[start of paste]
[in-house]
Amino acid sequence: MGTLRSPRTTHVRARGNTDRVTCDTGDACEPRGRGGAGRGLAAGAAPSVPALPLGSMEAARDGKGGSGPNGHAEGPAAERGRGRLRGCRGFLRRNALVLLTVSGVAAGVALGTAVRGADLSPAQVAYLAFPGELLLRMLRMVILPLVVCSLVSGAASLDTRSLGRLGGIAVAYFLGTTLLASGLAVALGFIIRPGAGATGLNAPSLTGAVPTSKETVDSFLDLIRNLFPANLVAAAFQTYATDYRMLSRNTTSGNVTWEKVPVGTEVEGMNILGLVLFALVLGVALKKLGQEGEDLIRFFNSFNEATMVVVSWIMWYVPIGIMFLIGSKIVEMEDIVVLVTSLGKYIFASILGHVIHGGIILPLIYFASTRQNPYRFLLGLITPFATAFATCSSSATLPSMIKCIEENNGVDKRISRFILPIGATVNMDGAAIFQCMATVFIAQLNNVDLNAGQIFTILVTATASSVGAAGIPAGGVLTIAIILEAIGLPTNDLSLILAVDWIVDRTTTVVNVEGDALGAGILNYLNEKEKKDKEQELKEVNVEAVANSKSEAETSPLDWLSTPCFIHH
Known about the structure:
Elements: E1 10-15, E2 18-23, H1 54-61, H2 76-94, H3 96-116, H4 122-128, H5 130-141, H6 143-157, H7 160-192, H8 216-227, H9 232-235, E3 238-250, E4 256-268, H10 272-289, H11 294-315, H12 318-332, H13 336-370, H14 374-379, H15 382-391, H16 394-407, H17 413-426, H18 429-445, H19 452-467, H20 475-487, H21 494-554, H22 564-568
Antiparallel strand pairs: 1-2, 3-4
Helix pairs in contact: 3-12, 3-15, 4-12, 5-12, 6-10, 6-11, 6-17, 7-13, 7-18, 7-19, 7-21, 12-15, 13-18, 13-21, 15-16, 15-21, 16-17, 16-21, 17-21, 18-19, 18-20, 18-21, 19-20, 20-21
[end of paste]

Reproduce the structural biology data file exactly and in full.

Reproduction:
[in-house]
Amino acid sequence: MGTLRSPRTTHVRARGNTDRVTCDTGDACEPRGRGGAGRGLAAGAAPSVPALPLGSMEAARDGKGGSGPNGHAEGPAAERGRGRLRGCRGFLRRNALVLLTVSGVAAGVALGTAVRGADLSPAQVAYLAFPGELLLRMLRMVILPLVVCSLVSGAASLDTRSLGRLGGIAVAYFLGTTLLASGLAVALGFIIRPGAGATGLNAPSLTGAVPTSKETVDSFLDLIRNLFPANLVAAAFQTYATDYRMLSRNTTSGNVTWEKVPVGTEVEGMNILGLVLFALVLGVALKKLGQEGEDLIRFFNSFNEATMVVVSWIMWYVPIGIMFLIGSKIVEMEDIVVLVTSLGKYIFASILGHVIHGGIILPLIYFASTRQNPYRFLLGLITPFATAFATCSSSATLPSMIKCIEENNGVDKRISRFILPIGATVNMDGAAIFQCMATVFIAQLNNVDLNAGQIFTILVTATASSVGAAGIPAGGVLTIAIILEAIGLPTNDLSLILAVDWIVDRTTTVVNVEGDALGAGILNYLNEKEKKDKEQELKEVNVEAVANSKSEAETSPLDWLSTPCFIHH
Known about the structure:
Elements: E1 10-15, E2 18-23, H1 54-61, H2 76-94, H3 96-116, H4 122-128, H5 130-141, H6 143-157, H7 160-192, H8 216-227, H9 232-235, E3 238-250, E4 256-268, H10 272-289, H11 294-315, H12 318-332, H13 336-370, H14 374-379, H15 382-391, H16 394-407, H17 413-426, H18 429-445, H19 452-467, H20 475-487, H21 494-554, H22 564-568
Antiparallel strand pairs: 1-2, 3-4
Helix pairs in contact: 3-12, 3-15, 4-12, 5-12, 6-10, 6-11, 6-17, 7-13, 7-18, 7-19, 7-21, 12-15, 13-18, 13-21, 15-16, 15-21, 16-17, 16-21, 17-21, 18-19, 18-20, 18-21, 19-20, 20-21